Any British prime minister taking office is required to undergo a secret ritual. He or she has to kiss the monarch’s hand, write letters for the commanders of the nuclear submarines, and agree to defend the UK’s alliance with Saudi Arabia.
The best that can be said about David Cameron’s discharge of this third obligation is that at least he has the decency to look embarrassed about it. He seemed uncomfortable in a television interview in October when he was asked about the squalid deal in which the two governments agreed, in 2013, to support each other’s election to the UN Human Rights Council. “We have a relationship with Saudi Arabia,” was all the Prime Minister could manage. He said he “completely disagreed” with the country’s “punishment routines”, but the relationship was important for our national security.
The problem with this claim is that it is impossible for the average citizen to verify. We can all have a view on the arms trade, or of the value of trading generally with an authoritarian theocracy. But the claims of intelligence co-operation have to be taken on trust. “There was one occasion since I’ve been Prime Minister where a bomb that would have potentially blown up over Britain was stopped because of intelligence we got from Saudi Arabia,” Mr Cameron said. Even if this is the case, and such intelligence would not have been shared with us if our relationship had been slightly less close, we still have moral obligations as a nation. If Saturday’s 47 beheadings does not prompt those obligations, Britain’s ethical stature is diminished.
The death penalty is abhorrent and our leaders and diplomats should say so at every opportunity, but this is a particularly shocking example. The Saudi law of January 2014 does not merely criminalise dissent, it defines it as terrorism and imposes the harshest penalties. The early silence from Mr Cameron was deafening, and the failure of the Foreign Office to put out more than a vague statement of disapproval of the death penalty was feeble in the extreme. This is all the more disappointing because, a few days after the awkward interview already quoted, Mr Cameron sided with Michael Gove, the Justice Secretary, to resolve a Cabinet dispute with Theresa May, the Home Secretary, to cancel a contract to supply prison services to Saudi Arabia.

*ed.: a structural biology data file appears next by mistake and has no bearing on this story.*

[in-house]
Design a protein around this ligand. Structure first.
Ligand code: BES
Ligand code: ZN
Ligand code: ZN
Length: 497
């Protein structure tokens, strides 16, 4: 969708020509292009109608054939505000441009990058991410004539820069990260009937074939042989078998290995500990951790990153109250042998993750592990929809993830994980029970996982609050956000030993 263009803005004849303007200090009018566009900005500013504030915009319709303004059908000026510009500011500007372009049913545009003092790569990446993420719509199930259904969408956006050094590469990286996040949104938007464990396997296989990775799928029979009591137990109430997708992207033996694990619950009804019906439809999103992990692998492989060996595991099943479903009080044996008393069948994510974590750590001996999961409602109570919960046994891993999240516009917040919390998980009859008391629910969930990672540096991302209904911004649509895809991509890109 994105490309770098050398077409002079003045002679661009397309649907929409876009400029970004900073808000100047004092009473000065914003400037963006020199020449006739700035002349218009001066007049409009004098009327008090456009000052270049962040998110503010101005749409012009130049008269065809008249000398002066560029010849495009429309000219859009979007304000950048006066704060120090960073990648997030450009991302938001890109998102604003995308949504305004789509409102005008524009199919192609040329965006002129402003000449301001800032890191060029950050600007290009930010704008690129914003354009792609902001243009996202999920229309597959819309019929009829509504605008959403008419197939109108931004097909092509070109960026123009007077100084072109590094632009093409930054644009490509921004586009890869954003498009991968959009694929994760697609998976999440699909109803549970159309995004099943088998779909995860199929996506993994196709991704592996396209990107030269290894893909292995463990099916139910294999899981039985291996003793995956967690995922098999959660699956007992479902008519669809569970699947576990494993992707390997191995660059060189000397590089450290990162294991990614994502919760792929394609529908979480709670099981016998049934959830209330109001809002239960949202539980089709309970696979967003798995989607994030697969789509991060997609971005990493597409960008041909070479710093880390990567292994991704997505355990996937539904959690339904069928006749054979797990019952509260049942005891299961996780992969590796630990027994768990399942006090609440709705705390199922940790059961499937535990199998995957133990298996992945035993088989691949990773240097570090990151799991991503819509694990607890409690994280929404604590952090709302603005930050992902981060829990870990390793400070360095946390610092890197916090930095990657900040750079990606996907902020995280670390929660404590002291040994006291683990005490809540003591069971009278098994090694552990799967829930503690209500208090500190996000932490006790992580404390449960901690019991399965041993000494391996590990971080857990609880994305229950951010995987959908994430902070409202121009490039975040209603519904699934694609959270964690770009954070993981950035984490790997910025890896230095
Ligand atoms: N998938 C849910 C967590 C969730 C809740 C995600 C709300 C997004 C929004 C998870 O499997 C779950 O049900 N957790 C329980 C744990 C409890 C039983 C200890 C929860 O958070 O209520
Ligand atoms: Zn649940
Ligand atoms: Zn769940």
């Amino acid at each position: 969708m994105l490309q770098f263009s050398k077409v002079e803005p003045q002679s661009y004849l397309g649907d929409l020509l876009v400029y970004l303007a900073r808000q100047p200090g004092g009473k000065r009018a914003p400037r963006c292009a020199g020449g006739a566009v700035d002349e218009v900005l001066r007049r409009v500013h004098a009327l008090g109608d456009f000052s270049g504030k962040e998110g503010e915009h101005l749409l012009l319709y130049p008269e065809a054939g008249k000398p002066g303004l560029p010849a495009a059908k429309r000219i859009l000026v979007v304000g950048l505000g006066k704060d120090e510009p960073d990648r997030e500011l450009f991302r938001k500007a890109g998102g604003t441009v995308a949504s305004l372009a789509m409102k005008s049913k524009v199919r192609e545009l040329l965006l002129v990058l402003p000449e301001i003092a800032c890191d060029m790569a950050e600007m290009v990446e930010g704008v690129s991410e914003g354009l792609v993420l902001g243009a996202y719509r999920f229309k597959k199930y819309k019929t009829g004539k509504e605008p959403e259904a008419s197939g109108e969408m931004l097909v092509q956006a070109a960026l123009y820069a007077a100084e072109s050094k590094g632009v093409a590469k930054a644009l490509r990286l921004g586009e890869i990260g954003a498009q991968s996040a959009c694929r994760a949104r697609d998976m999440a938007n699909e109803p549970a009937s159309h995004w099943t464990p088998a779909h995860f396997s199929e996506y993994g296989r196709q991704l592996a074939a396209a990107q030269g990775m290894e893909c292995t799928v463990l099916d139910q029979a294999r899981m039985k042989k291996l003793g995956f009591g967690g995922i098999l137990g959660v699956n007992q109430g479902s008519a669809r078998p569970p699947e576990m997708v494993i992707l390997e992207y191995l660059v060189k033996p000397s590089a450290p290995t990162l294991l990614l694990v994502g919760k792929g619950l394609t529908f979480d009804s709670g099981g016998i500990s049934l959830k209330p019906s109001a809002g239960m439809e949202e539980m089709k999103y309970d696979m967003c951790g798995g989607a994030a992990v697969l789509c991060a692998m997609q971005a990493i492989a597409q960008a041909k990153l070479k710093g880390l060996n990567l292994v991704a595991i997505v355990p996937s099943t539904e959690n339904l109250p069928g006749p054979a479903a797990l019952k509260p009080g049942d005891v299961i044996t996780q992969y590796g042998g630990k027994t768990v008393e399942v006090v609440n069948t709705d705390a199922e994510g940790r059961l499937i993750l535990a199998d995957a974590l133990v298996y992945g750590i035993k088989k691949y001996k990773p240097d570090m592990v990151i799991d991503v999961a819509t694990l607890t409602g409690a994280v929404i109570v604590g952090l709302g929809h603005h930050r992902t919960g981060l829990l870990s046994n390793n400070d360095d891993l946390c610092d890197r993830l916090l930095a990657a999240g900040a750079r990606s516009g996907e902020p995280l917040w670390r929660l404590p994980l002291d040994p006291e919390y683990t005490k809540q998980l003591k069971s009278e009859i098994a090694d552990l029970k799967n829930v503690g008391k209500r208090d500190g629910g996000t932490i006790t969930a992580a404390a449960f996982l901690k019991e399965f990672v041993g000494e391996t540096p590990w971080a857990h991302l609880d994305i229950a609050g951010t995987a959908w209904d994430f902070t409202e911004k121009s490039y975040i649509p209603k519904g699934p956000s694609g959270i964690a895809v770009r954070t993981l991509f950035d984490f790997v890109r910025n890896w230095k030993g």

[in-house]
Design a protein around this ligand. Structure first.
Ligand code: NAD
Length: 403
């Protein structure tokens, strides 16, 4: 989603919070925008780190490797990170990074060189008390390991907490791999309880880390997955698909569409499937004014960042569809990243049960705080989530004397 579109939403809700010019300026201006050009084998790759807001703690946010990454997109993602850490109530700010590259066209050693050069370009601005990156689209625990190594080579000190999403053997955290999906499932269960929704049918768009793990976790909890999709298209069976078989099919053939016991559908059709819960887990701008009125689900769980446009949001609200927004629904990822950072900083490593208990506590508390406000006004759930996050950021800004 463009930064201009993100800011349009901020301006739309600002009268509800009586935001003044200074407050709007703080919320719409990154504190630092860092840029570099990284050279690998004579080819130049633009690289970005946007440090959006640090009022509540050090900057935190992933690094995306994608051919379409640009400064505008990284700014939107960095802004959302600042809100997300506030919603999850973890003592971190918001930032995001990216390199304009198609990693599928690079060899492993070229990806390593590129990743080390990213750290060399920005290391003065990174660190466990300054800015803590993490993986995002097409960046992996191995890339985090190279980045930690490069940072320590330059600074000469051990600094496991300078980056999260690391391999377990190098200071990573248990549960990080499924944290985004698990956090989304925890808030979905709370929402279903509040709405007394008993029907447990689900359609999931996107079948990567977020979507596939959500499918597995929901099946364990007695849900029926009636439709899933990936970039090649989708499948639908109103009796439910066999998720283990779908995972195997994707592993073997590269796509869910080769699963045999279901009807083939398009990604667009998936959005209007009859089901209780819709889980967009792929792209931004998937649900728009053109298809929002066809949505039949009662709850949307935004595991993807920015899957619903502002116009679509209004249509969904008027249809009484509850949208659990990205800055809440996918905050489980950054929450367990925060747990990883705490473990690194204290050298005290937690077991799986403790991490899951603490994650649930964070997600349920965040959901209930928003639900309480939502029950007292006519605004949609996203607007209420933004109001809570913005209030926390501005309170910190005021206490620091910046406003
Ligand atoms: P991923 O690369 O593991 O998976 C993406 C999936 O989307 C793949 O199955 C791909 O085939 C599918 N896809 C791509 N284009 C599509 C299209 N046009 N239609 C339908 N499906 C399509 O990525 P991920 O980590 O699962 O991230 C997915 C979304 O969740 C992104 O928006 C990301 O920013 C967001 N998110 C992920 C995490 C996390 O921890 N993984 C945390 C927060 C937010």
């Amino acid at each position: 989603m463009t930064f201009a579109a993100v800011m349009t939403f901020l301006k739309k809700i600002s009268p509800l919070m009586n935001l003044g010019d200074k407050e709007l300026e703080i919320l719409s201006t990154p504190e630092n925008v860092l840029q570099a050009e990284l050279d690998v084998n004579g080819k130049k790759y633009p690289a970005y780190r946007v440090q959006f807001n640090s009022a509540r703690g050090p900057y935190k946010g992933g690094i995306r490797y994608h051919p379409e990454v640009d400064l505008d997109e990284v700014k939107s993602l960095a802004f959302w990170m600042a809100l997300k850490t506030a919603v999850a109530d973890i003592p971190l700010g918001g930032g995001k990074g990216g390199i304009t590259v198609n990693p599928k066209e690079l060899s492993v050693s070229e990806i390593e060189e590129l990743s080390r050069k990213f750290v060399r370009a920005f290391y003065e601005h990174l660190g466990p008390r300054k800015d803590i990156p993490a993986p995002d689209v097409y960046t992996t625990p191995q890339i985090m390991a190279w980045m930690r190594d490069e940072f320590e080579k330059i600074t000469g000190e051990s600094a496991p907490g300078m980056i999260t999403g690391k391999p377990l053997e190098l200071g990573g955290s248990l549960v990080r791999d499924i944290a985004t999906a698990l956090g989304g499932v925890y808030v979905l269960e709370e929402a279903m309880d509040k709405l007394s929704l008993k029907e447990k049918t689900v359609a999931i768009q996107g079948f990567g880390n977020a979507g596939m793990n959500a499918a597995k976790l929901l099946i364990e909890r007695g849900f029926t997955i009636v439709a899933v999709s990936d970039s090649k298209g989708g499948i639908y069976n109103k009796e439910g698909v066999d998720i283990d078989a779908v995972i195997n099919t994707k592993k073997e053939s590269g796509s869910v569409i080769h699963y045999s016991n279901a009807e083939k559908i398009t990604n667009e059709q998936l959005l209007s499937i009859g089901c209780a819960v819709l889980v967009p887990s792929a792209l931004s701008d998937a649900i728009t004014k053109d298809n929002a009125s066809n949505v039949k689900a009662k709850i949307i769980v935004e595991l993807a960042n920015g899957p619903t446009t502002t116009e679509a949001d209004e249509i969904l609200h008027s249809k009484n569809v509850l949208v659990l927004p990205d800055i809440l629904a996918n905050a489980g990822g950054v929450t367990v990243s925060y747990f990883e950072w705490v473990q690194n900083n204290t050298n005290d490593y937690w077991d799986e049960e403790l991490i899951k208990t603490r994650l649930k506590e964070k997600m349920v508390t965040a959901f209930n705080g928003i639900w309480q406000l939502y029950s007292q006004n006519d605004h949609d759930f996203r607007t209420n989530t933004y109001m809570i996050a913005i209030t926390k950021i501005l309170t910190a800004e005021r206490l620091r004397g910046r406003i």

It was after that decision that the Saudi ambassador to London wrote that he felt there had been “an alarming change in the way Saudi Arabia is discussed in Britain”. If the ambassador is alarmed, this confirms that British disapproval does count for something.
We had hoped that the cancellation of the prisons contract might mark a recalibration in our relationship with Saudi Arabia. It would make sense, even in cynical terms, over the medium to long term, to downgrade it. The Kingdom is not the fabulously rich country it once was. Even if the best way of persuading Saudi Arabia to respect human rights is as a candid friend, it might be more persuasive if its rulers were in a permanent state of incipient alarm about the strength of that friendship.
The Independent on Sunday understands that compromises are needed in life and diplomacy. We do not advocate the end of the British arms industry, or a foreign policy that refuses to work with any government that fails to live up to the best human rights norms. But we believe that it would enhance Britain’s standing in the world if our leaders would condemn the Saudi government in clear and forthright terms. It might be diplomatic if our PM could tell the Saudis that he understands their problem with dissidents. But if only he could say, in the words of Iyad El-Baghdadi, the Arab Spring activist expelled from UAE for his ideas: “The antidote to bad ideas is better ideas, not beheadings.”Reuse content